EDITOR: | April 15th, 2013

IAMGOLD Definitive Agreement with Government of Suriname Approved by National Assembly

| April 15, 2013 | No Comments

April 15, 2013 (Source: CNW) Toronto, ON — IAMGOLD Corporation (“IAMGOLD” or the “Company”) announced on November 26, 2012 that it had reached a definitive agreement (the “Agreement”) with the Government of the Republic of Suriname (the “Government”) addressing future resource development and related power costs. On April 13, 2013, the Agreement was approved by the legislative authority of Suriname, the National Assembly.  The Agreement will, once executed, amend the existing Mineral Agreement regarding the Company’s Rosebel mine in Suriname.

IAMGOLD President and CEO, Steve Letwin, said, “The approval of this Agreement by Suriname’s National Assembly validates the work over the last year and half by the Government and IAMGOLD to ensure a longer and stronger future for the Rosebel mine for the mutual benefit of the people of Suriname and the shareholders of the Company.  Access to new concessions creates ample opportunity to add to the life of the Rosebel Gold Mine and to find softer ore which can be processed at lower cost.   The lower rate for power brings more gold mineral resources into economic viability for the mutual benefit of our shareholders and the people of Suriname.   The Agreement reflects a true spirit of partnership between the Government and the Company.”

With this Agreement, IAMGOLD will maintain all of its existing entitlements in the Rosebel operations and in the Gross Rosebel exploitation concession and will extend the term of its existing Mineral Agreement by 15 years to 2042. The Agreement will further establish a new joint venture growth vehicle (the “JV”) under which Rosebel would hold a 70% participating interest and the Government will acquire a 30% participating interest on a fully-paid basis.

The Agreement will provide up to 300 x 106 kWh per year of additional power at a cost of 11 cents per kilowatt hour, which will apply to any production from the joint venture area.  The JV area has been defined as a circular area extending 45 kilometres from the Rosebel mill, but excluding the Gross Rosebel concession, for a net JV area of approximately 6,190 km2.  The JV will be entitled to convert an additional 20,000 hectares or 200 km2 to new rights of exploitation within the joint venture area, on a simplified and expedited basis, for processing at Rosebel.   Under the terms of the Agreement all future production from the joint venture area will be allocated to the JV on a 100% basis.

The JV will also allow both Rosebel and the Government to share on the same basis as above in any further significant expansion at Rosebel.  Rosebel, which is also evaluating the expansion of its gold plant throughput capacity from 12 million to 14 million milled tonnes per annum, is planning to undertake a feasibility study on the potential for a further significant expansion which, if approved, the Government will have the right to acquire an interest through the JV at fair market value.  Rosebel will be entitled to proceed with the expansion on its own if the Government does not participate through the JV, and in either case will have access to the lower cost power rate for the expansion.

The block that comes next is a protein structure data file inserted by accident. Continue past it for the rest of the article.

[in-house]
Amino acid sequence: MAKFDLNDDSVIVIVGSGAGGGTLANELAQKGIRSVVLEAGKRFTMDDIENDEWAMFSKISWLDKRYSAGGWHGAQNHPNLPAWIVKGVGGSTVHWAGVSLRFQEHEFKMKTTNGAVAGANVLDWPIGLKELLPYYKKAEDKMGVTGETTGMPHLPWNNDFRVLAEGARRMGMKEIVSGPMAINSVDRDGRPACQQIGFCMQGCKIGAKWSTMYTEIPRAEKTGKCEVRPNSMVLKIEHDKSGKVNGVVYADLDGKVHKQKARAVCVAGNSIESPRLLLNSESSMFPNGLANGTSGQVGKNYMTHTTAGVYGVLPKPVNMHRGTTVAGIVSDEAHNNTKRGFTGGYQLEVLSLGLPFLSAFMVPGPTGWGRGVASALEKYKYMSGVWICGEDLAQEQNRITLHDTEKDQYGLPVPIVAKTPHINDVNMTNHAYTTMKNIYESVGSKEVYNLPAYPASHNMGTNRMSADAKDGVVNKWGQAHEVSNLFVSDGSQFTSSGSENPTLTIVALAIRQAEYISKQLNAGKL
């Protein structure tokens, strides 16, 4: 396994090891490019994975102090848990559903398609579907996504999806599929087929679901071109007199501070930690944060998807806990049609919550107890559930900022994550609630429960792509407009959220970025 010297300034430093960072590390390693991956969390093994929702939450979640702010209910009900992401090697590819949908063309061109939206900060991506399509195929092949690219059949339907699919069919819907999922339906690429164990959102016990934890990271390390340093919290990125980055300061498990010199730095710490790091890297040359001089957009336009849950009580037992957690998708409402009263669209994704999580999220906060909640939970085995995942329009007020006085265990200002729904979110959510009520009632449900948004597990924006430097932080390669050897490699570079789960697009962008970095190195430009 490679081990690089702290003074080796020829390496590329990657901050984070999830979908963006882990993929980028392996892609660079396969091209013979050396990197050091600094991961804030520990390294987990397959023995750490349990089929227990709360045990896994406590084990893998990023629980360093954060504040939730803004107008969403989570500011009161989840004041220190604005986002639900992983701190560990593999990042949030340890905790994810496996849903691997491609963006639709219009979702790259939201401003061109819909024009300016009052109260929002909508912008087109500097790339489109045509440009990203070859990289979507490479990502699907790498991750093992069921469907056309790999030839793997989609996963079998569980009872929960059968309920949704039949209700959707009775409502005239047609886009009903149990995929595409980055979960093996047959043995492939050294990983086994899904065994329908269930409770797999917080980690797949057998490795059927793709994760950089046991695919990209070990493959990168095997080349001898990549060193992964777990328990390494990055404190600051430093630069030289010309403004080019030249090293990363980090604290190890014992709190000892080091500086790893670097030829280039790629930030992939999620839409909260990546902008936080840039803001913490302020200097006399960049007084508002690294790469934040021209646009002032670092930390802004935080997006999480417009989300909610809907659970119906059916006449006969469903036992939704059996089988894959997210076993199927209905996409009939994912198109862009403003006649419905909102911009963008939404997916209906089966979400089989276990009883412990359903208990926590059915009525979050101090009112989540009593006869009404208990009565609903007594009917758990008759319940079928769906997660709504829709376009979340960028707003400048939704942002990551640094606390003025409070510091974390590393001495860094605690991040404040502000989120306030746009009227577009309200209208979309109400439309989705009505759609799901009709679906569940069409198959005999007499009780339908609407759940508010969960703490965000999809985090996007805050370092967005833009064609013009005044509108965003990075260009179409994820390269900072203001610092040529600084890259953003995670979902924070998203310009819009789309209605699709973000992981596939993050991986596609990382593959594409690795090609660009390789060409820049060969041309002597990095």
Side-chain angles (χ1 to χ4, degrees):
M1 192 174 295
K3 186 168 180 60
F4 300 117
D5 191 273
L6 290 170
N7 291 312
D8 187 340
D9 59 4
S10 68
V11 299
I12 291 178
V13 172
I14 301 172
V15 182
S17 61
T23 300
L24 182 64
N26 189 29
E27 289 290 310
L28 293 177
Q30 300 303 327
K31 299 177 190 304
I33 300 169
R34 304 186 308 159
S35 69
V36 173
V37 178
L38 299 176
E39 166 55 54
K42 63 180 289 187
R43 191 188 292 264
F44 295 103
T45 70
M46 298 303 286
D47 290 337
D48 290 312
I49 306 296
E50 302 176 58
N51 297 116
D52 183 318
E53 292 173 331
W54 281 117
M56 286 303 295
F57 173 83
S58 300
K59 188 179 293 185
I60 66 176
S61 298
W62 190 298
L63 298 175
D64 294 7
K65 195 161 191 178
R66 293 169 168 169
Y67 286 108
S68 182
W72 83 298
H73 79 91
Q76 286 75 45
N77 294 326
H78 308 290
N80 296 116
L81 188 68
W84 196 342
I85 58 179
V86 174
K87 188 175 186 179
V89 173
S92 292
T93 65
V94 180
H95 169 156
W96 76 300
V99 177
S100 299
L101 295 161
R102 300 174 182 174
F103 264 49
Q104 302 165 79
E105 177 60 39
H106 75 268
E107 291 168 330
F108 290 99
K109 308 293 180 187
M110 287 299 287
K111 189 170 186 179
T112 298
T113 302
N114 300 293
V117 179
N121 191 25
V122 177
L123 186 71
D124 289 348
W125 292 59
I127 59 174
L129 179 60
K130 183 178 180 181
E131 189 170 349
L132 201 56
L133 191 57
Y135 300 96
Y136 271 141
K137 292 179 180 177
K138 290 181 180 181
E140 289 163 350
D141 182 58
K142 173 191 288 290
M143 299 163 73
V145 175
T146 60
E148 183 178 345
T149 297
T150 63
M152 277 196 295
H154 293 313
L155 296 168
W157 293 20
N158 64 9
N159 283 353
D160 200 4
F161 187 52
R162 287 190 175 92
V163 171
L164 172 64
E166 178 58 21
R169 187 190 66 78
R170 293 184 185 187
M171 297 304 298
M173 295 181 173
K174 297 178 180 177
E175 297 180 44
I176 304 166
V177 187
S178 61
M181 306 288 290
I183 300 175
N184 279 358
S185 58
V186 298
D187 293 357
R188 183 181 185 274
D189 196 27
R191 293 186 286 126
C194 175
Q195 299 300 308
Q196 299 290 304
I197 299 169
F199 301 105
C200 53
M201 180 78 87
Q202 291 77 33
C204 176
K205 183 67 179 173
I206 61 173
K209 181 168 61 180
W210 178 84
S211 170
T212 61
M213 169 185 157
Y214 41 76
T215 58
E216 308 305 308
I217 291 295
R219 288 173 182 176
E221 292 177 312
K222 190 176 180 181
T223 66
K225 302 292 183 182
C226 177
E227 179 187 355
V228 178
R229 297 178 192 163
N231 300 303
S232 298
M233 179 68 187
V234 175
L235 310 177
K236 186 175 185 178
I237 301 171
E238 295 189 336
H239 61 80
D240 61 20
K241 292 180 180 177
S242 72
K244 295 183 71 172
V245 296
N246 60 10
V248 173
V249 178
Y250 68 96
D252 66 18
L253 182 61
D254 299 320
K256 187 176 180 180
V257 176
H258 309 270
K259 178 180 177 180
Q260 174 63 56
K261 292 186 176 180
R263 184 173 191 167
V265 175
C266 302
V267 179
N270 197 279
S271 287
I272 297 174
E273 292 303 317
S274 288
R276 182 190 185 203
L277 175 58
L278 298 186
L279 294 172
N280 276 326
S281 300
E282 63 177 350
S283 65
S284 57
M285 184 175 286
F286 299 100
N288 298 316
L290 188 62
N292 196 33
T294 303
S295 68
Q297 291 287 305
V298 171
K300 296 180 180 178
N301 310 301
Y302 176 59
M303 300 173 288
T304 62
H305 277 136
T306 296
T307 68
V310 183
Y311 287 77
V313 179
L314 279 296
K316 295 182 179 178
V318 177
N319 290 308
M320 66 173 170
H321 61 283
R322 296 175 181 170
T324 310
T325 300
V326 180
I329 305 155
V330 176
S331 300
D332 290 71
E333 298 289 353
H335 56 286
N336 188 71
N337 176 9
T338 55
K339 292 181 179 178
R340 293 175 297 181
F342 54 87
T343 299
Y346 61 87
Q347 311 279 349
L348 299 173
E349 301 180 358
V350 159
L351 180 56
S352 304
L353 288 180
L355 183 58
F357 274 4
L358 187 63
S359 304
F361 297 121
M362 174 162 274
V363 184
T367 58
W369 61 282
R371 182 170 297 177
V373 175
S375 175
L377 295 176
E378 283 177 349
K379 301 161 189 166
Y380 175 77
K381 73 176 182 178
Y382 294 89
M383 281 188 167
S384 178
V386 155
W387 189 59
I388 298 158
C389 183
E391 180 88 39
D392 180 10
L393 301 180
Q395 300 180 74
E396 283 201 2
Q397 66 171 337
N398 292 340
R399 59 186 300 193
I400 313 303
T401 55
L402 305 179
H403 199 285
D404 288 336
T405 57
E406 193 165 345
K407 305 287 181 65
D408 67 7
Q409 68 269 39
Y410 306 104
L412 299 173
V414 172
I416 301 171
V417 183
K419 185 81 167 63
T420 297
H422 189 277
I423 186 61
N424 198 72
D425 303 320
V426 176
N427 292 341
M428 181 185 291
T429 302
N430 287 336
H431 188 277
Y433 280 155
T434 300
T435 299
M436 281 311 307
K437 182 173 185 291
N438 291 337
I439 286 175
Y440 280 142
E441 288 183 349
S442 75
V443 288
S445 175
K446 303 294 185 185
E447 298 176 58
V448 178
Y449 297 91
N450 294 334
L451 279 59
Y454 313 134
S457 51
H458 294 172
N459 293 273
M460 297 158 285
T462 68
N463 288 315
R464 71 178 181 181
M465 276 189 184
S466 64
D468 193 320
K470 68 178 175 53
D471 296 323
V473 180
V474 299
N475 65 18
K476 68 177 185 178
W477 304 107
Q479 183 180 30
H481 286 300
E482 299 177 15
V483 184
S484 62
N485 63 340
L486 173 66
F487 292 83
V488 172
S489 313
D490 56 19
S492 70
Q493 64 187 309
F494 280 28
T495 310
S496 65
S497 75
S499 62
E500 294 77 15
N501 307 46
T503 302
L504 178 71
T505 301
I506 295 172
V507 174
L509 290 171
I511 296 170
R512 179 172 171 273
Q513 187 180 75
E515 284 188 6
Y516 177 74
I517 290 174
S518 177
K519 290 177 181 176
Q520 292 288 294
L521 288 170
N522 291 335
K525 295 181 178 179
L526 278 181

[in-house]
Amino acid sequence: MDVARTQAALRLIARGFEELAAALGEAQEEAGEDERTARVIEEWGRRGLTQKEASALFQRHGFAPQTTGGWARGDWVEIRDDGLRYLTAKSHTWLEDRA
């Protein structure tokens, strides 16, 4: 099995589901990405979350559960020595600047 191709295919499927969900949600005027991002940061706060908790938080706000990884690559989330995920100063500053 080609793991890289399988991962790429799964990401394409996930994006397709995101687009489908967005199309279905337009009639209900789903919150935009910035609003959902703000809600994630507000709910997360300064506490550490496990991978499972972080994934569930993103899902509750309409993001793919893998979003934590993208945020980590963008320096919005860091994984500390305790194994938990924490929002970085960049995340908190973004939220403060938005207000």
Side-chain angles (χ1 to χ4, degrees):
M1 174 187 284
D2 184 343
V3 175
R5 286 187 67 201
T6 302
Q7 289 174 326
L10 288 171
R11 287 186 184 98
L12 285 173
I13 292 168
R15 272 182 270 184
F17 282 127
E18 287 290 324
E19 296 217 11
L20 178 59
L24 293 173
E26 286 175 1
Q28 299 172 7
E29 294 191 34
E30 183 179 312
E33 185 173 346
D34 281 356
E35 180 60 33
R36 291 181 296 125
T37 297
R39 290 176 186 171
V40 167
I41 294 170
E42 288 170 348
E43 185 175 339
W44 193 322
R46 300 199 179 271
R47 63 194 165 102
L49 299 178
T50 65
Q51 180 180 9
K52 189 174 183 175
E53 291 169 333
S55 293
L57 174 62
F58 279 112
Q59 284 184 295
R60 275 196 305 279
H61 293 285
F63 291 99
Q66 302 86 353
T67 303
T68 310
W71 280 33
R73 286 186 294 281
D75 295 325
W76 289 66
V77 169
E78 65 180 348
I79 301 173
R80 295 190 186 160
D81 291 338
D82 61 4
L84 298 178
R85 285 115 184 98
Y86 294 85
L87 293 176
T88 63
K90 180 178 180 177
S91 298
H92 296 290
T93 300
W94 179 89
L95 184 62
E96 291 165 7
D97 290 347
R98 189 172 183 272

The Government recognizes the importance of lower cost power to Rosebel for its existing base capacity in light of the transition to hard rock material.  With negotiations of the definitive agreement concluded, discussions with the Government on lower power costs for thaForward Looking Statement

This news release contains forward-looking statements. All statements, other than of historical fact, that address activities, events or developments that the Company believes, expects or anticipates will or may occur in the future (including, without limitation, statements regarding expected, estimated or planned gold and niobium production, cash costs, margin expansion, capital expenditures and exploration expenditures and statements regarding the estimation of mineral resources, exploration results, potential mineralization, potential mineral resources and mineral reserves) are forward-looking statements. Forward-looking statements are generally identifiable by use of the words “may”, “will”, “should”, “continue”, “expect”, “anticipate”, “outlook”, “guidance”, “estimate”, “believe”, “intend”, “plan” or “project” or the negative of these words or other variations on these words or comparable terminology. Forward-looking statements are subject to a number of risks and uncertainties, many of which are beyond the Company’s ability to control or predict, that may cause the actual results of the Company to differ materially from those discussed in the forward-looking statements.  Factors that could cause actual results or events to differ materially from current expectations include, among other things, without limitation: changes in the global prices for gold, niobium, copper, silver or certain other commodities (such as diesel, aluminum and electricity); changes in U.S. dollar and other currency exchange rates, interest rates or gold lease rates; risks arising from holding derivative instruments; the level of liquidity and capital resources; access to capital markets, financing and interest rates; mining tax regimes; ability to successfully integrate acquired assets; legislative, political or economic developments in the jurisdictions in which the Company carries on business; operating or technical difficulties in connection with mining or development activities; laws and regulations governing the protection of the environment; employee relations; availability and increasing costs associated with mining inputs and labour; the speculative nature of exploration and development, including the risks of diminishing quantities or grades of reserves; adverse changes in the Company’s credit rating; contests over title to properties, particularly title to undeveloped properties; and the risks involved in the exploration, development and mining business.  With respect to development projects, IAMGOLD’s ability to sustain or increase its present levels of gold production is dependent in part on the success of its projects.  Risks and unknowns inherent in all projects include the inaccuracy of estimated reserves and resources, metallurgical recoveries, capital and operating costs of such projects, and the future prices for the relevant minerals.  Development projects have no operating history upon which to base estimates of future cash flows.  The capital expenditures and time required to develop new mines or other projects are considerable, and changes in costs or construction schedules can affect project economics.  Actual costs and economic returns may differ materially from IAMGOLD’s estimates or IAMGOLD could fail to obtain the governmental approvals necessary for the operation of a project; in either case, the project may not proceed, either on its original timing or at all.